At OSU Football Pro Day, Brendon Evers wants to show scouts he’s still a ‘top level kid’

STILL WATER – Brendon Evers wants to take NFL scouts back in time.

The Oklahoma State defensive tackle intends to show them he's the 2021 version of himself, not the 2022 version when he appears at the OSU Pro Day on Wednesday.

Evers, a Bixby native, plans to make every event the scouts want to see from him in a combine, with just one possible exception. As of Monday, Evers was still unsure if he would attempt the bench press.

Four months removed from the shoulder surgery that ended his super-senior season after just five games, the 6-foot, 295-pound Evers wants to make sure scouts see the qualities that helped him have a standout 2021 season.

He finished with 21 tackles, including six for loss and three sacks, anchoring the middle of a defensive line that was among the best in the country.

“I'm ready to show them I'm still the guy from 2021,” Evers said The Oklahoman. “I want to show them that I'm still at that top level, show them that I can play in this league and showcase what I have to offer. I think a lot of teams will take note.”

More: Alan Bowman's veteran presence, football IQ stands out in Oklahoma State spring practice

Oklahoma State's Brendon Evers will be among the players participating in Pro Day on Wednesday.

Oklahoma State's Brendon Evers will be among the players participating in Pro Day on Wednesday.

Evers will be among a group of about a dozen players appearing for scouts at Pro Day. That will include defensive end Tyler Lacy and safety Jason Taylor II, both of whom were invited to the NFL Scouting Combine a month ago in Indianapolis.

Guys like Evers and Brock Martin didn't get that opportunity to showcase their skills, so this is their best chance to catch the attention of an NFL team.

Evers played through several injuries during his time at OSUbut when his shoulder problem flared up last October, he faced the reality that he had played his last game as a Cowboy.

“It's the hardest decision I've ever made,” he said. “A lot of reflection, a lot of questioning of opinions from people inside and outside that facility. But in the end I had to make the decision to put myself in the position I am now. I had to make the right decision, and I think I did.”

While numbers like 40-yard dash times and other measurables seem to draw the most attention at Pro Day, Evers is excited about the position drills.

“I think all the position drills will show me as a player, show how fluid I will be, how I can be used in different situations, depending on which team needs me,” he said. “I think it will be an eye opener.”

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Xavier Benson discusses struggles

Linebacker Xavier Benson know he didn't have an ideal season in 2022. He didn't need a stat to tell him that. He didn't need video replays to see it.

He felt it in his mind and in his body.

Listed at 224 pounds, Benson had dropped to 207 by the end of the season, and he attributed that to stress when he spoke to the media Monday for the first time since arriving at OSU in January 2022.

A transfer from Tyler (Texas) Community College, Benson is now a redshirt senior. He's bulked back up to 230 — “Solid,” he said with a smile — and he feels his head is in a better place.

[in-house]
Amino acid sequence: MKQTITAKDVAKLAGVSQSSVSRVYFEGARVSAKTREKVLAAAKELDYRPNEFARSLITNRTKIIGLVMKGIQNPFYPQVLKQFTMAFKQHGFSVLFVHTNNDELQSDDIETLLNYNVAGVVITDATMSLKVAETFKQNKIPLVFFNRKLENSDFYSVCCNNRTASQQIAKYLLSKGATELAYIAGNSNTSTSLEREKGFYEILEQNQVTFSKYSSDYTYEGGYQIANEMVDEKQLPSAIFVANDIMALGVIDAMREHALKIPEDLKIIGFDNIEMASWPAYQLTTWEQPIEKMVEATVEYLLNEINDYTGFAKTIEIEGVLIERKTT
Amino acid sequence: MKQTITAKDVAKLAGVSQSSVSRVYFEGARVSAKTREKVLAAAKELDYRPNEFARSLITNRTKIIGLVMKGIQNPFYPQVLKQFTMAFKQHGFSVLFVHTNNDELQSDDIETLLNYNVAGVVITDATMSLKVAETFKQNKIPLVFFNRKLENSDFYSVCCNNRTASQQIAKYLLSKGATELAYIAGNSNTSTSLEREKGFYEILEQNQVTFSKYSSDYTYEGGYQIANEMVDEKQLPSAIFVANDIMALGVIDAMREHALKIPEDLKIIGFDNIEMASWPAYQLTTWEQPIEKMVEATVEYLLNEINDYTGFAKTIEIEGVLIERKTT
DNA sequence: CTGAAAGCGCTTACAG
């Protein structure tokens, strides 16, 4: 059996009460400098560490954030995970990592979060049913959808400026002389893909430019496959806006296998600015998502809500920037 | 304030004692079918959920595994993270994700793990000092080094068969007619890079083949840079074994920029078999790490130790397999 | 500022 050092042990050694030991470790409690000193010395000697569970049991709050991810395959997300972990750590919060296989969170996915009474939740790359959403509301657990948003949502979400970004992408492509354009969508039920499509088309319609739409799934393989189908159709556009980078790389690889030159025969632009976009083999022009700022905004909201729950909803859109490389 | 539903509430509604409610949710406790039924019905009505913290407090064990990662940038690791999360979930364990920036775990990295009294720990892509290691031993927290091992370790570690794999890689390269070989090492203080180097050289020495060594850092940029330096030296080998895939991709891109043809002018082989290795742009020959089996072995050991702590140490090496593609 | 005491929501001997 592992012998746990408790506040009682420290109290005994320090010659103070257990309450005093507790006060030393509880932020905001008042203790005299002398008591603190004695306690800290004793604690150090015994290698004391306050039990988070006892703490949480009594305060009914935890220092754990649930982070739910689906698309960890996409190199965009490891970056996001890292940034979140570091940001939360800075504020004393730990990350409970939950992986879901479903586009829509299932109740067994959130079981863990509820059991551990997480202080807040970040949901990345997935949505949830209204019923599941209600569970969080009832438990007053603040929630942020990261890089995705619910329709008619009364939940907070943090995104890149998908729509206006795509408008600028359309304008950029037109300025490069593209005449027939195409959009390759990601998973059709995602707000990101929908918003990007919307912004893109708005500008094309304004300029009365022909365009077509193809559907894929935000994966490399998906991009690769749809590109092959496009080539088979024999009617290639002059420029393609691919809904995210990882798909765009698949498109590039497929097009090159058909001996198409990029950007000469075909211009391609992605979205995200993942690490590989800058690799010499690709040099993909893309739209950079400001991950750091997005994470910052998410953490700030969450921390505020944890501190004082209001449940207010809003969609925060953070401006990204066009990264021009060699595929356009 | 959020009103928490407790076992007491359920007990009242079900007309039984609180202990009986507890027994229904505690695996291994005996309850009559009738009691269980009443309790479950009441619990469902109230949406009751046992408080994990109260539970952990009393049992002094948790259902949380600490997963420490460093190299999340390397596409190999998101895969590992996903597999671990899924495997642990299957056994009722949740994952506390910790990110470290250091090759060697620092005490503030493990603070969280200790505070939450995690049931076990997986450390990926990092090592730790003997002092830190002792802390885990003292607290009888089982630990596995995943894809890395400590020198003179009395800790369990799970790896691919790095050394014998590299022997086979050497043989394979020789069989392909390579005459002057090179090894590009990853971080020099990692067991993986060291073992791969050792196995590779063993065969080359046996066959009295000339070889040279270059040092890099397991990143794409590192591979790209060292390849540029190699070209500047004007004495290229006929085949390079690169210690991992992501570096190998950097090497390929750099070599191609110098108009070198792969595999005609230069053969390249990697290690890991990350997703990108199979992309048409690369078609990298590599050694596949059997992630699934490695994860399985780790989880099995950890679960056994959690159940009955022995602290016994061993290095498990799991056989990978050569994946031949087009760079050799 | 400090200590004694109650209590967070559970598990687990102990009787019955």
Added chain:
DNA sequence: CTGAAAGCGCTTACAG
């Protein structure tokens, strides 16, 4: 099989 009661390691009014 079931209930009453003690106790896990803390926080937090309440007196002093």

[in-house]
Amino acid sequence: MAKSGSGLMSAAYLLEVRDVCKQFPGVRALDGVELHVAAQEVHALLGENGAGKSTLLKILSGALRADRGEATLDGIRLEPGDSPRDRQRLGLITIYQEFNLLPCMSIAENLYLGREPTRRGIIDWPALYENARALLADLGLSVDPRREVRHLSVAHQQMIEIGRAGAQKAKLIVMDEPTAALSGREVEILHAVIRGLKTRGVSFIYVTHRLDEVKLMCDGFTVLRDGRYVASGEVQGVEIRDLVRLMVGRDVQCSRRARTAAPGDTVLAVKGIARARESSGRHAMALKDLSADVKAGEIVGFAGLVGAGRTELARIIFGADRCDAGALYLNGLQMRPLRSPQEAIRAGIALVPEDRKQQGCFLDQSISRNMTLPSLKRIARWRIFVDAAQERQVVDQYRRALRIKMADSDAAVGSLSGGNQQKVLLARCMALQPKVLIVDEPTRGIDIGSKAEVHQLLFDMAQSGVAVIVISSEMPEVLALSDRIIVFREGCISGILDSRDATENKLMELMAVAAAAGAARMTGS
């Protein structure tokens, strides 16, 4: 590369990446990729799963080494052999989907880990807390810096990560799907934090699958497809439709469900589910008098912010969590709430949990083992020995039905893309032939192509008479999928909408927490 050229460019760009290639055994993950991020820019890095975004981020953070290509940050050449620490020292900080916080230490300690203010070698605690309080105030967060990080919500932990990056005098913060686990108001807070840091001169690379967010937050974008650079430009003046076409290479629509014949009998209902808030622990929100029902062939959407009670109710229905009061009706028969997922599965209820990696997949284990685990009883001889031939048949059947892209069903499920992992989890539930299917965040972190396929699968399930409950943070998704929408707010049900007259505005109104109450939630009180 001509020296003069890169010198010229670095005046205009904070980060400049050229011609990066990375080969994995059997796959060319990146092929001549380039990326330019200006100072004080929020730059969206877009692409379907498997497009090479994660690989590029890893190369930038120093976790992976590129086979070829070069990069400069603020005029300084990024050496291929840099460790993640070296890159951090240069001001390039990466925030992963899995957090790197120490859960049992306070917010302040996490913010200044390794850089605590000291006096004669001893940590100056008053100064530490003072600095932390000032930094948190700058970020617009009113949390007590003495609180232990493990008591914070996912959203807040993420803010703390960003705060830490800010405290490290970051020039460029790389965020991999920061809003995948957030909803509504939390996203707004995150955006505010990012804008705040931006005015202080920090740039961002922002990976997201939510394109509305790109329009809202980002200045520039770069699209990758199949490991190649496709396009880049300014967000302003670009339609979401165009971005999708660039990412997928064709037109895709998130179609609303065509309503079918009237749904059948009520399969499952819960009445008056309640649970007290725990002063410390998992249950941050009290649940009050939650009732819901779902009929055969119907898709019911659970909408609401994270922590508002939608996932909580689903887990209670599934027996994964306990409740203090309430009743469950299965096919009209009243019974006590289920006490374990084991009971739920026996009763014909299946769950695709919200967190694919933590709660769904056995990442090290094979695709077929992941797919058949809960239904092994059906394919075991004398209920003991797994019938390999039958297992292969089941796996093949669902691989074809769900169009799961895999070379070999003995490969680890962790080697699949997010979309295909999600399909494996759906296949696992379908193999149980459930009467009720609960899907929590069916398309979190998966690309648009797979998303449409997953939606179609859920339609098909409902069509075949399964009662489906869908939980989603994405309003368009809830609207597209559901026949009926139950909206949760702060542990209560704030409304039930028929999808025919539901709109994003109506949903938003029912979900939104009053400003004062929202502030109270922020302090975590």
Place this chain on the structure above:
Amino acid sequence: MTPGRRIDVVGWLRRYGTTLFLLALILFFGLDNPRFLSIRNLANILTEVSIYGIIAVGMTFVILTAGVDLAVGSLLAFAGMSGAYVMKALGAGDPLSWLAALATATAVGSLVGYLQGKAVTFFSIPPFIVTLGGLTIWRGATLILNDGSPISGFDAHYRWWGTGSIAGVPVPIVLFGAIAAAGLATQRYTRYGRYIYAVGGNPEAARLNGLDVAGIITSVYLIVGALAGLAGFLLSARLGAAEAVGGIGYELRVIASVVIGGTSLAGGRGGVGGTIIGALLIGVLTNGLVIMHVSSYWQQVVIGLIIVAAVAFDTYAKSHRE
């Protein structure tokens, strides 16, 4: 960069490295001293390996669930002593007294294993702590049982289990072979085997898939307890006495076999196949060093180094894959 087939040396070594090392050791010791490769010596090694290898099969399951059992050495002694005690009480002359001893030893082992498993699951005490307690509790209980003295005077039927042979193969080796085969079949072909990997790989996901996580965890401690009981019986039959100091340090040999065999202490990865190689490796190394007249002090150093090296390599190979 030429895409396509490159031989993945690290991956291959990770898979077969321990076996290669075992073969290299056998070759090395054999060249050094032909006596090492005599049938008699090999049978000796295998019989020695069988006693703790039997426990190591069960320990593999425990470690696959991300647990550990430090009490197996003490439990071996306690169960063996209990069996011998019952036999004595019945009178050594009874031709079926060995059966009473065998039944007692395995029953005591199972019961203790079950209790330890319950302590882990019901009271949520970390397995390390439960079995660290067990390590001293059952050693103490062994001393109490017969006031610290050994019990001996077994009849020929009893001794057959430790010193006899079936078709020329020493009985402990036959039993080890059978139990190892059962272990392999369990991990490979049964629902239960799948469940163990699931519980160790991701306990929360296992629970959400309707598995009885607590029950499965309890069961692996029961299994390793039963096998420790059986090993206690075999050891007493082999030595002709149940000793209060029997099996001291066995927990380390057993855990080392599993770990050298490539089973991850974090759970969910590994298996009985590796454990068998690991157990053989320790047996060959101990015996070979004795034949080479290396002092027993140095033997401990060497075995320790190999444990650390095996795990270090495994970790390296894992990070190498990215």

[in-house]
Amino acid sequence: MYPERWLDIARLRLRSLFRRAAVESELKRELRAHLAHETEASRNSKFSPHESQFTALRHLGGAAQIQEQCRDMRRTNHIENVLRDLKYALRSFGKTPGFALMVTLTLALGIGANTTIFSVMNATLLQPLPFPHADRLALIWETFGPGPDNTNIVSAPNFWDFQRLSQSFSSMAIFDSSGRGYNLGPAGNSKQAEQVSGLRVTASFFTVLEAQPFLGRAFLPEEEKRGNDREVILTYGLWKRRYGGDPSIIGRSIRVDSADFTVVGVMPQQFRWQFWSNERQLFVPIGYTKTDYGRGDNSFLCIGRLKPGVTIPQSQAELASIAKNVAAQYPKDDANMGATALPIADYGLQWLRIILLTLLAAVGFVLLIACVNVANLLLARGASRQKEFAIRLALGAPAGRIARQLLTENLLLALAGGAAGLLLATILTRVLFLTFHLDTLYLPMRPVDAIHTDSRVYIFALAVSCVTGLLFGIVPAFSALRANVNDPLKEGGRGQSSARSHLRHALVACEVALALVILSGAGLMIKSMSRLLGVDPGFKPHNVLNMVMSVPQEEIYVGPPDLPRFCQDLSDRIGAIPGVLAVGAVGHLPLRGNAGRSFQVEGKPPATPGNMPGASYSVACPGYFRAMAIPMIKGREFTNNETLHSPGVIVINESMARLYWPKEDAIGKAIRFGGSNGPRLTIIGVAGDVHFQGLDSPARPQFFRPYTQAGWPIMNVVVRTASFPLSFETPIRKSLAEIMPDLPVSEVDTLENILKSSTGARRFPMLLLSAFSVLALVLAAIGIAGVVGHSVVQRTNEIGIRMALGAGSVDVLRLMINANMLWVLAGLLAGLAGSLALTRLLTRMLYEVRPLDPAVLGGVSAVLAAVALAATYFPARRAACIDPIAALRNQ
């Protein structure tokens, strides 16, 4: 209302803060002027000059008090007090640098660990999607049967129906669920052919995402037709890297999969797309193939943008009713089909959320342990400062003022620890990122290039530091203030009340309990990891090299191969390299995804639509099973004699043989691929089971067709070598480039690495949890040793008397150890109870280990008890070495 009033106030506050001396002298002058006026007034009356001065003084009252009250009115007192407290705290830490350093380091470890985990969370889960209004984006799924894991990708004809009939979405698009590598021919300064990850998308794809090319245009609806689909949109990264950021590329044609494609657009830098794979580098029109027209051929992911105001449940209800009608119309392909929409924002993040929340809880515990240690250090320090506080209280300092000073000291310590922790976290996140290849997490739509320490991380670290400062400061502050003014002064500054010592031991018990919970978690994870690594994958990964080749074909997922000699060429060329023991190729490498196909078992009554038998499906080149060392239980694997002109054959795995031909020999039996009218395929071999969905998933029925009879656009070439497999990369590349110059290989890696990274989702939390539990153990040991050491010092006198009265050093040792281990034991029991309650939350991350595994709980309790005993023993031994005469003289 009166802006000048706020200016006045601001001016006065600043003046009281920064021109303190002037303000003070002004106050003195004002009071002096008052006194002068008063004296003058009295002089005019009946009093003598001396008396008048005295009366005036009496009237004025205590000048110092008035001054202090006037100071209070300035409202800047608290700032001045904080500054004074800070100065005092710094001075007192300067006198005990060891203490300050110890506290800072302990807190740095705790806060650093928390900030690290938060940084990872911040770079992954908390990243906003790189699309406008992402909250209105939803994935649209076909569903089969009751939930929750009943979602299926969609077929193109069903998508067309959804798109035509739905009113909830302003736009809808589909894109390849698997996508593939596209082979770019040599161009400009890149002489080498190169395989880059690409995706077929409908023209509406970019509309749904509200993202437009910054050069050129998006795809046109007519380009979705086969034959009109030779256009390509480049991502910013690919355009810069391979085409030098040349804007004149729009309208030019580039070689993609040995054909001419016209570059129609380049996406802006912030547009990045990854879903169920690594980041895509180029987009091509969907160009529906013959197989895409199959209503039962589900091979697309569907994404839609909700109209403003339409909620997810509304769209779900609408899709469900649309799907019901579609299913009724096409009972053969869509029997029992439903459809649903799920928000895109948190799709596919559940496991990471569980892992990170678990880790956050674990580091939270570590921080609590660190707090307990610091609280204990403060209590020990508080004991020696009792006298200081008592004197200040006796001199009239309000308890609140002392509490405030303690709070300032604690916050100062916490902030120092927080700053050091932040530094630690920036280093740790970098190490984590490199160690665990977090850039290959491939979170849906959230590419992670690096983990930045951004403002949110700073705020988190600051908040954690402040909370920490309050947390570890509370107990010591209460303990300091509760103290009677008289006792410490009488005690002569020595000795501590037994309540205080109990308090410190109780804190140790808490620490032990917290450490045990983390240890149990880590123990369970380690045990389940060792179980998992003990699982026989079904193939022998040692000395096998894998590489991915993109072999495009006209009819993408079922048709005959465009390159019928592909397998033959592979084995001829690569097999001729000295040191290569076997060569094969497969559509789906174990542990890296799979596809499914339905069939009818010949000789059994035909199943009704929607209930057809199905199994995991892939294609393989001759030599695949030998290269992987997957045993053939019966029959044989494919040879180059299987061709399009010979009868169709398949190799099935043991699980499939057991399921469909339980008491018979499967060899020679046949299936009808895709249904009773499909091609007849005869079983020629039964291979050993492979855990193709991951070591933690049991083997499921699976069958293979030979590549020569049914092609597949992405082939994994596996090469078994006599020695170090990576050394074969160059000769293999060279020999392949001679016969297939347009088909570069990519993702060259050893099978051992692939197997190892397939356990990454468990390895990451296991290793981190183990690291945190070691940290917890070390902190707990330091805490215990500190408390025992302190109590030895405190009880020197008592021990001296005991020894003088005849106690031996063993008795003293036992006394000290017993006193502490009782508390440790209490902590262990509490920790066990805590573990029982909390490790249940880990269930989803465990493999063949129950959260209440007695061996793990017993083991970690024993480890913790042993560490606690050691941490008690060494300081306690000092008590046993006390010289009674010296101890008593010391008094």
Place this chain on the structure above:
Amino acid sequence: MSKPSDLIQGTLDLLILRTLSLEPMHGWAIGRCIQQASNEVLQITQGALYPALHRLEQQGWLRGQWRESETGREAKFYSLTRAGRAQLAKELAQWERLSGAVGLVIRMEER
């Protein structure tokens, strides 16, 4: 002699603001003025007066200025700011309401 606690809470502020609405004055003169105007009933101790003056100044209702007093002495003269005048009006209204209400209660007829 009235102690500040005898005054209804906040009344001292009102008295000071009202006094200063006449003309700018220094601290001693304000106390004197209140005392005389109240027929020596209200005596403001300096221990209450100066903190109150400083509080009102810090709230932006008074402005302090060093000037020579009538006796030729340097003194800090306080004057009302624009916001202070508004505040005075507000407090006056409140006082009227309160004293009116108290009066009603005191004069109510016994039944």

“I've been through a lot,” Benson said. “I've been around the circle and I know what's important at the end of the day, and that's people. I'm just thankful that the hard time passed, and it's a new era, new energy, new faces. It feels good .”

Benson is excited about a couple of new faces around him at linebacker as well.

With the switch to Bryan Nardo's 3-3-5 scheme, the Cowboys add a linebacker to the formation. Collin Oliver transferred from defensive end, and Justin Wright transferred from Tulsa to fill the void left by Mason Cobb.

And Nardo has had a strong influence on the group.

“A dominant male figure that we need,” Benson said. “A leader who will take ownership of his mistakes and actions and present it to us, and also wants the best from us. And effort. That's all he cares about.”

More: Alex Hale set about returning to form as Oklahoma State Football's place kicker

Running back Elijah Collins catches a pass during a recent spring practice at Oklahoma State.

Running back Elijah Collins catches a pass during a recent spring practice at Oklahoma State.

Elijah Collins wins over teammates

With an established trio of running backs already in the building, Michigan State transfer Elijah Collins could have taken a stand when he came to OSU.

He's older, more experienced and more proven than any of the running backs on the roster — Ollie Gordon, Jaden Nixon and Deondre Jackson.

And the 6-foot, 225-pound Collins had a respectable amount of success in the Big Ten, where defenses are tough.

“He's really coming in and studying and learning,” said Nixon, the longest-tenured Cowboy running back, entering his second redshirt season. “He's always up there in the office, like, ‘Hey, let's go watch film.' Even when we have yoga, he's there. He really wants to be a part of the team.

“It's not like he showed up and he said, ‘Oh, I'm that guy.' He came in, he's learning and he's just a really cool guy to be around. I love him already.”

Aside from football, Nixon has enjoyed getting to know Collins personally with his background growing up in Detroit. Nixon is from Frisco, Texas.

“It's a big difference,” Nixon said. “Really, it's just about learning to communicate and grow and work together.”

More: Why Oklahoma State football can be excited about linebackers with Collin Oliver, Justin Wright

This article was originally published on The Oklahoman: NFL Draft: OSU's Brendon Evers out to prove he's still ‘top tier kid'

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